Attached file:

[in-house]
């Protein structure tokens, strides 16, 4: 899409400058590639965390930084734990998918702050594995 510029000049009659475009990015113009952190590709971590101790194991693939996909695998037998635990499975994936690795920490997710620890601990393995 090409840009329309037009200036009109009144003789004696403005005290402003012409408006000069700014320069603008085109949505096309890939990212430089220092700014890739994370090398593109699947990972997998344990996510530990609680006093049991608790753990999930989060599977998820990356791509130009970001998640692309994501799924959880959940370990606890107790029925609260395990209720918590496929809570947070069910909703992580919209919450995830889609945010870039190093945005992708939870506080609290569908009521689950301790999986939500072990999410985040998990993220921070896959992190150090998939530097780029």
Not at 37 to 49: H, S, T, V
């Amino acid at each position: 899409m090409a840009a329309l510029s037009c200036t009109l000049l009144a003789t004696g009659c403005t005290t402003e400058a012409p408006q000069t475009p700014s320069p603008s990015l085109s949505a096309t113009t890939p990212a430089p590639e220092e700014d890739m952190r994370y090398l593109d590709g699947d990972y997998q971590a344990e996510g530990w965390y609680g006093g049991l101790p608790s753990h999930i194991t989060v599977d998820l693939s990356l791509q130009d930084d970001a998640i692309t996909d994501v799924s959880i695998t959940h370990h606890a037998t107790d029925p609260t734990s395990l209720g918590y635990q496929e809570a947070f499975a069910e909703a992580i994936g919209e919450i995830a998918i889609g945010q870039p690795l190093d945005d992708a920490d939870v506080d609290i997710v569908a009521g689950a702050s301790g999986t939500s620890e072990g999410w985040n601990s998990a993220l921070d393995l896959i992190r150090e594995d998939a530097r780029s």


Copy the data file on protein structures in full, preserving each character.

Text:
[in-house]
């Protein structure tokens, strides 16, 4: 899409400058590639965390930084734990998918702050594995 510029000049009659475009990015113009952190590709971590101790194991693939996909695998037998635990499975994936690795920490997710620890601990393995 090409840009329309037009200036009109009144003789004696403005005290402003012409408006000069700014320069603008085109949505096309890939990212430089220092700014890739994370090398593109699947990972997998344990996510530990609680006093049991608790753990999930989060599977998820990356791509130009970001998640692309994501799924959880959940370990606890107790029925609260395990209720918590496929809570947070069910909703992580919209919450995830889609945010870039190093945005992708939870506080609290569908009521689950301790999986939500072990999410985040998990993220921070896959992190150090998939530097780029």
Not at 37 to 49: H, S, T, V
């Amino acid at each position: 899409m090409a840009a329309l510029s037009c200036t009109l000049l009144a003789t004696g009659c403005t005290t402003e400058a012409p408006q000069t475009p700014s320069p603008s990015l085109s949505a096309t113009t890939p990212a430089p590639e220092e700014d890739m952190r994370y090398l593109d590709g699947d990972y997998q971590a344990e996510g530990w965390y609680g006093g049991l101790p608790s753990h999930i194991t989060v599977d998820l693939s990356l791509q130009d930084d970001a998640i692309t996909d994501v799924s959880i695998t959940h370990h606890a037998t107790d029925p609260t734990s395990l209720g918590y635990q496929e809570a947070f499975a069910e909703a992580i994936g919209e919450i995830a998918i889609g945010q870039p690795l190093d945005d992708a920490d939870v506080d609290i997710v569908a009521g689950a702050s301790g999986t939500s620890e072990g999410w985040n601990s998990a993220l921070d393995l896959i992190r150090e594995d998939a530097r780029s």